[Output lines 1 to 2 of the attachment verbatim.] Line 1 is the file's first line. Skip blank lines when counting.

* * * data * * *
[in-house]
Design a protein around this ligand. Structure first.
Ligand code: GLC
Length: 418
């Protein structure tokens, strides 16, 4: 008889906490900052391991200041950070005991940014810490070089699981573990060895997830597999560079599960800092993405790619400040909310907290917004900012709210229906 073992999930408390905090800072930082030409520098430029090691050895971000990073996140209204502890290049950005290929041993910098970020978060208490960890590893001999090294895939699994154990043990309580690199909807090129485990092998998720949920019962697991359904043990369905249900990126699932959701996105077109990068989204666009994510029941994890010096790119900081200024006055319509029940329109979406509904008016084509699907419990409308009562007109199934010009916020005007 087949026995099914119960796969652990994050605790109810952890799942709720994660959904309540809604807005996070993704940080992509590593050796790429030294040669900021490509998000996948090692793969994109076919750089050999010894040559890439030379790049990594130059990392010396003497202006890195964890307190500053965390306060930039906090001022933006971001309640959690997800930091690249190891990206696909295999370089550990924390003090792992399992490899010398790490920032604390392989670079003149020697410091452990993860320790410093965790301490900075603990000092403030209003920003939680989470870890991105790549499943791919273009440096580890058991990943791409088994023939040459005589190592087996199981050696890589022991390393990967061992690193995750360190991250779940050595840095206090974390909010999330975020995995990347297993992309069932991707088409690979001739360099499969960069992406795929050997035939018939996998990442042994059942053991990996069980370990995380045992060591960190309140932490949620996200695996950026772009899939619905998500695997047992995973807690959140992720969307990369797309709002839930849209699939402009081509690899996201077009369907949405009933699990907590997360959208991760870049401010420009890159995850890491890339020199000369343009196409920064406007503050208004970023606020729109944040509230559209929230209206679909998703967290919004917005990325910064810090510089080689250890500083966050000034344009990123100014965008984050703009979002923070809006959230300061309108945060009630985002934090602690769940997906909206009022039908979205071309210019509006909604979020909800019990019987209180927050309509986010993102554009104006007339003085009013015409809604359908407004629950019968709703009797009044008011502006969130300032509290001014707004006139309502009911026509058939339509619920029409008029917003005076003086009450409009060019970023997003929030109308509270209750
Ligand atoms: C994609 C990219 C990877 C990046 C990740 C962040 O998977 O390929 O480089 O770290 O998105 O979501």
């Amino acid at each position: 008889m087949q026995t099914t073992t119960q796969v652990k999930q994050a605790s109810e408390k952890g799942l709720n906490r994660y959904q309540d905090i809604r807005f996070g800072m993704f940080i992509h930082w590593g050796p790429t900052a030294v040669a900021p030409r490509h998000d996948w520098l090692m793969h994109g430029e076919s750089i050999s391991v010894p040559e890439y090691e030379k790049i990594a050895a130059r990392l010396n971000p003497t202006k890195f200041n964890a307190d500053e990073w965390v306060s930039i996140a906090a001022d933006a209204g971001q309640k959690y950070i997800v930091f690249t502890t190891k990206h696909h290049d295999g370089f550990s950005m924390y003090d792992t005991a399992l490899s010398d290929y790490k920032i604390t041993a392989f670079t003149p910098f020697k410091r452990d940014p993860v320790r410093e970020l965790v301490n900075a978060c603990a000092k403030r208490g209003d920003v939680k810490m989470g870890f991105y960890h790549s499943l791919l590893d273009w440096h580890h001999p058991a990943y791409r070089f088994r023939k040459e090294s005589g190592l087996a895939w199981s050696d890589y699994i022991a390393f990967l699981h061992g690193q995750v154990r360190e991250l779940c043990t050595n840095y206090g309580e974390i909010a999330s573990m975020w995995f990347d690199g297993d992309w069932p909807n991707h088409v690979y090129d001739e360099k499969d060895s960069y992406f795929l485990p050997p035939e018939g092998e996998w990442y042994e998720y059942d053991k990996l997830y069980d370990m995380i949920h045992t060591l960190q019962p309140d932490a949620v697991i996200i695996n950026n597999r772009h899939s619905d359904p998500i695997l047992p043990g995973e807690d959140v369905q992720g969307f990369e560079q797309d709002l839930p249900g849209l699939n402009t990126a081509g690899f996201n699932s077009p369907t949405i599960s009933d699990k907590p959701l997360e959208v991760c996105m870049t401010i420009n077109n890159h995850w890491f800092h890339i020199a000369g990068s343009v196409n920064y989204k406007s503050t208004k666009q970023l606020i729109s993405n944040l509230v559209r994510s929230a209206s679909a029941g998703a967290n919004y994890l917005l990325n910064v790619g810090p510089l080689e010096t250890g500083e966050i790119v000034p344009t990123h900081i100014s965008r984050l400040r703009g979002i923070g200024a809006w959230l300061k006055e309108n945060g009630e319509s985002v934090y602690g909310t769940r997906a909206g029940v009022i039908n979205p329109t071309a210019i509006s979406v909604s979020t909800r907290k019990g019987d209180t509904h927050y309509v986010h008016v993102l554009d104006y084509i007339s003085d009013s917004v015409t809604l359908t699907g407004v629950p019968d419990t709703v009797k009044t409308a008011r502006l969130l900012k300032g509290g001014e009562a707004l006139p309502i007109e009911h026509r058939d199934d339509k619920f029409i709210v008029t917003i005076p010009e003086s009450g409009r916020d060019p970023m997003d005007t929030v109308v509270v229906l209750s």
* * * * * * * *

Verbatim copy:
[in-house]
Design a protein around this ligand. Structure first.